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The outlook of a school of thought regarding society and history and its specific approach to them, plays a decisive role in its ideology. From this point of view, it is essential, in the context of Islamic world outlook, to throw light on the Islamic approach to society and history.

It is evident that Islam is neither a theory of society nor a philo­sophy of history. In the sacred Book of Islam, no social or historical problem is dealt with in the technical jargon of sociology and philo­sophy of history. In the same way no other problem, ethical, legal or philosophical, is discussed in the Qur’an, either in the current terms or according to the traditional classification of sciences. However, these and other problems related with various sciences can be deduced from the Book.

Islamic thinking on society and history, because of its special importance, is a topic that deserves to be studied and investigated pro­perly, and, like its many other teachings, reveals Islam's profound­ness in dealing with various issues. Since the problems that deal with society and history are closely related, and since we wish to discuss them briefly, it was apt to discuss them together in a single book. How­ever, we shall discuss the problem related to society and history only to the extent that would help in understanding Islamic ideology.

We shall begin with society and then proceed to discuss history. Following are some of the questions that can be raised about society:

1. What is society?

2. Is man by nature social and gregarious?

3. Is it true that the individual is primary and society is secondary, or is the truth contrary to it, that is, society is primary and individual is secondary in importance? Or is there any third possible approach?

4. The relationship between society and tradition.

5. Whether the individual is free or if he is determined by society and the social structure?

6. In what institutions, poles, and groups is society classifiable according to its primary divisions?

7. Whether human societies are absolutely of the same nature and essence, their differences being similar to the differences among mem­bers of the same species? Or if they vary according to geographic varia­tions, temporal and spatial conditions, and levels of development of their culture and civilization, assuming different forms and essences with each calling for a separate sociology based upon its particular ideology?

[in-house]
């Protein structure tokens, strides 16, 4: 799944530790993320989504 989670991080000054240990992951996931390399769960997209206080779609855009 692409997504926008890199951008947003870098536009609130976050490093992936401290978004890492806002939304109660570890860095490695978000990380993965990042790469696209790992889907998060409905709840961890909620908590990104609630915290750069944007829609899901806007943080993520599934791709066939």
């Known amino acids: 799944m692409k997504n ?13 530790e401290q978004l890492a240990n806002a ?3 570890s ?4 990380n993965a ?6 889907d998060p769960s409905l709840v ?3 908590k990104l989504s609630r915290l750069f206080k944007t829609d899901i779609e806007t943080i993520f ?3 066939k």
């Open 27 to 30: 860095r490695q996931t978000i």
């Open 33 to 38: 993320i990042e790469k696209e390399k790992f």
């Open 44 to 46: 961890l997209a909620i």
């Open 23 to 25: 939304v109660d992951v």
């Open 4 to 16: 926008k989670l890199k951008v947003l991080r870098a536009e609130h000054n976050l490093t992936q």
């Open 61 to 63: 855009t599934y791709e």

In other words, is a single system of sociology, ethics, and ideology applicable to all humanity, in the same way as a single system of medicine and laws of physiology applies to all human beings regard­less of their geographic, racial and historical variations?

Does every society, according to its regional, cultural and histori­cal background, require a special sociology and affirm a particular ideo­logy?

8. Are human societies, which from the dawn of history up to the present day have been diversified and grown independent of one another, with a kind of pluralism governing them (at least in an indivi­dual if not in a generic sense), moving from plurality and diversity towards attainment of unity and homogeneity?

Does the future of humanity lie in attaining one society, one culture and one civilization, and whether at the end its plurality will be replaced by a stage of homogeneity in which all its contradictions and conflicts would be overcome and resolved? Or, contrarily, is humanity eternally con­demned to multiplicity of culture and ideology, and to a pluralism that reinforces the social identity of its particular, units?

In our view, these are the relevant problems which need to be discussed from the Islamic point of view, so that these issues are brought to light and put in a proper perspective. We propose to deal briefly with these issues one by one.

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